by Danielle Ofri
New York Times
What if a patient dies and nobody is there to mourn? Is it like a tree falling soundlessly in the forest?
These are the questions that tormented me after the death of my patient Edward Isaac. Mr. Isaac was a drifter — estranged from his wife and children even before his prison term and his years-long effort to rid himself of drugs. He died at a hospital I’m not affiliated with, and by the time a social worker tracked me down via his pill bottles, he had been buried with other unclaimed New Yorkers in Potter’s field.
The social worker berated me over the phone for not having documented any next-of-kin, and I was chastened by guilt and grief. But Mr. Isaac had never spoken of friends or family, plus every visit was taken up with his spiraling diabetes, hypertension, hepatitis and kidney failure.
In the six years since Mr. Isaac died, I have become obsessive about next-of-kin, documenting consent from every single patient to call spouses, children, siblings, friends, colleagues if needed, insisting on home phone and cellphone numbers for each. More than once, I have been told it was overkill.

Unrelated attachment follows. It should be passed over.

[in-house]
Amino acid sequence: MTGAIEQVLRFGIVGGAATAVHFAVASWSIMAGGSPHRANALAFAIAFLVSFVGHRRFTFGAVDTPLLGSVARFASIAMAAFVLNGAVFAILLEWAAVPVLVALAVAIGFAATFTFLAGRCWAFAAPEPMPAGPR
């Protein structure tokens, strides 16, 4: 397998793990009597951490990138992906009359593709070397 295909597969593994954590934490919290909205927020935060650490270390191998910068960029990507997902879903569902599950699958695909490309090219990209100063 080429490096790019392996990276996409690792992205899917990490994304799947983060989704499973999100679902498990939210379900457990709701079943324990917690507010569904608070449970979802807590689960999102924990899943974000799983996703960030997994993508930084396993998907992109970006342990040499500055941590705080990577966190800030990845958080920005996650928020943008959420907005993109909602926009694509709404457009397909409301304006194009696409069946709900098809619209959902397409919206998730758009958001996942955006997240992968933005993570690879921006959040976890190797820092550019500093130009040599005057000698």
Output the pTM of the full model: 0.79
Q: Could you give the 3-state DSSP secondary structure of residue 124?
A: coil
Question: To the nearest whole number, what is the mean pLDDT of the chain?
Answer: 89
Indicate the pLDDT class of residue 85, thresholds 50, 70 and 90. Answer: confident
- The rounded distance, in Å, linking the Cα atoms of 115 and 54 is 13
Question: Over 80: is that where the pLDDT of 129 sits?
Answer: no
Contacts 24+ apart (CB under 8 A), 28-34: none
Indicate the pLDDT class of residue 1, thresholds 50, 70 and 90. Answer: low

And then, on a Saturday night this past February, a 78-year-old patient of mine who lived alone experienced chest pains. He called 911, but just as the paramedics arrive he collapsed in the doorway. He was whisked, unconscious, to the hospital in the throes of cardiac arrest, without any I.D., and was promptly admitted to the I.C.U. as “unknown white male.”
His name was finally pieced together from the original 911 call: David Greene. When the team hunted through the electronic medical record system, they were relieved to see that he had been a patient at our hospital. Otherwise, his case might have to be referred to the Missing Persons division of the police department. In the middle of the night, after the tumultuous hours spent stabilizing Mr. Greene, they stumbled upon a medical history I had taken three years earlier. There they were — a gift, really, from Edward Isaac — two phone numbers.
Like Mr. Isaac, Mr. Greene was a bit of a solo traveler. A Texan blues singer who had meandered his way from Abilene to Manhattan, he lived alone and had no children. I met him when he was 75, after he suffered a major heart attack that forced him to visit a doctor for the first time in decades. I found him in the waiting room that day, wearing beat-up jeans, aged cowboy boots and brown-tinted sunglasses, reading “A Portrait of the Artist as a Young Man.” Cheerfully sunburned, amiably grouchy, with smooth, still blond hair in a ponytail and harmonica in pocket, he moseyed reluctantly into my office.